“My performances were pretty rough, being conducted in a form of British Rail-lag.
“Also, Arthur Campbell (SCU supremo, ed.) and I didn’t get on well – Glasgow Communist used car dealer versus Edinburgh public school snotty kid…”
Four years a pro in the UK – what was the scene like?
“At once exhilarating, and other times depressing.
“Get up at 4.30am, collect like-minded other Pro’s – Nigel Dean, for example, then drive three hours up the M1/M6 for a two hour criterium in the rain, then drive home and take part in the 30 mile tailback back to London, having won a prime, if you were lucky.
“Most of the Pro’s were ex-National Champions, and I got an extra 2 mph from racing with them. They were also nice guys – off the bike. But then again, so was I?
“I had a bit of a short fuse; I lifted Brian Jolly off his bike during a race when we had a disagreement.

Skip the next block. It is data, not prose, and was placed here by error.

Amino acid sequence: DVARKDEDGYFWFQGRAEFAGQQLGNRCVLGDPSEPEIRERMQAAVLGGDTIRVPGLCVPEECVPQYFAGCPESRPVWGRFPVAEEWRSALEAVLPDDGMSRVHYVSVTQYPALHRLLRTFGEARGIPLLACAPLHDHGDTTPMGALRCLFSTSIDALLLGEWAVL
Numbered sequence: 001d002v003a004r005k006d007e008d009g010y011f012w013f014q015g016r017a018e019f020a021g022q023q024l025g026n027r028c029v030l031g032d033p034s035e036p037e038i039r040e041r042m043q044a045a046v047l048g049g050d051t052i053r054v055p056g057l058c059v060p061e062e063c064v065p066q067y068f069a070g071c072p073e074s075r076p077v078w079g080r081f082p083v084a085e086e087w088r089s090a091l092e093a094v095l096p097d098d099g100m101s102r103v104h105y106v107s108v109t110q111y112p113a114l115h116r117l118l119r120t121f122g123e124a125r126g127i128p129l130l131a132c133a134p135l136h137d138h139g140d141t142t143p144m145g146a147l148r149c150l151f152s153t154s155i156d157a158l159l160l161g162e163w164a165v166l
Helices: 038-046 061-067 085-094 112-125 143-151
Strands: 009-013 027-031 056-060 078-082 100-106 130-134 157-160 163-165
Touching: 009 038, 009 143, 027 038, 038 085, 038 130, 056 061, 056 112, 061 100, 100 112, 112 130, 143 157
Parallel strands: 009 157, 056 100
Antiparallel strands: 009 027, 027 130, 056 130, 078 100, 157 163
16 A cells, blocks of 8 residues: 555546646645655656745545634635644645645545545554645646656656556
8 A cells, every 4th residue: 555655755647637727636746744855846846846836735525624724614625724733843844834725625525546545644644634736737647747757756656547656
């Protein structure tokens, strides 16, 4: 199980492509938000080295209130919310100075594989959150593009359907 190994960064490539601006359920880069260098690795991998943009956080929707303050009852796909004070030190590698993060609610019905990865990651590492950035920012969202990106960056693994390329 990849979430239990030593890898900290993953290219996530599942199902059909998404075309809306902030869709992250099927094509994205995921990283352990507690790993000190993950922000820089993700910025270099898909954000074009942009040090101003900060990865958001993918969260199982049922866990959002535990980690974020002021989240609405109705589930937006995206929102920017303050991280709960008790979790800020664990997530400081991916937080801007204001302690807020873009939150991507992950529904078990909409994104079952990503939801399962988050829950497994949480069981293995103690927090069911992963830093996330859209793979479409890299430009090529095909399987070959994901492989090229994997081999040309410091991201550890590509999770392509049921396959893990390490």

“Racing was never dull – even in the 275 miles London-Holyhead, there would be a mad dash to get in the early break. I remember Geoff Wiles and I sneaking off in the neutralised zone and getting 30 seconds up the road, before we looked at each other and said; ‘Do we really want to do this?'”
“We all had the habit of getting clipped-in and leaning on each other, at the start of crits. One race, we all pushed off, leaving the man in the middle, Rhys Bateman, motionless and strapped-in, to majestically crash to the ground.
“He was still there when we came round at the end of the first lap.
“And Sid Barras had one joke; he would put his jersey on and head for the door without shorts…”
You rode for Birds – what was the team like?
“Initially, it was a single-sponsor deal with Terry Cronin of Bird’s and Stan Rose of Alisian. We added Jack Kershaw and Tony Evans in 1976.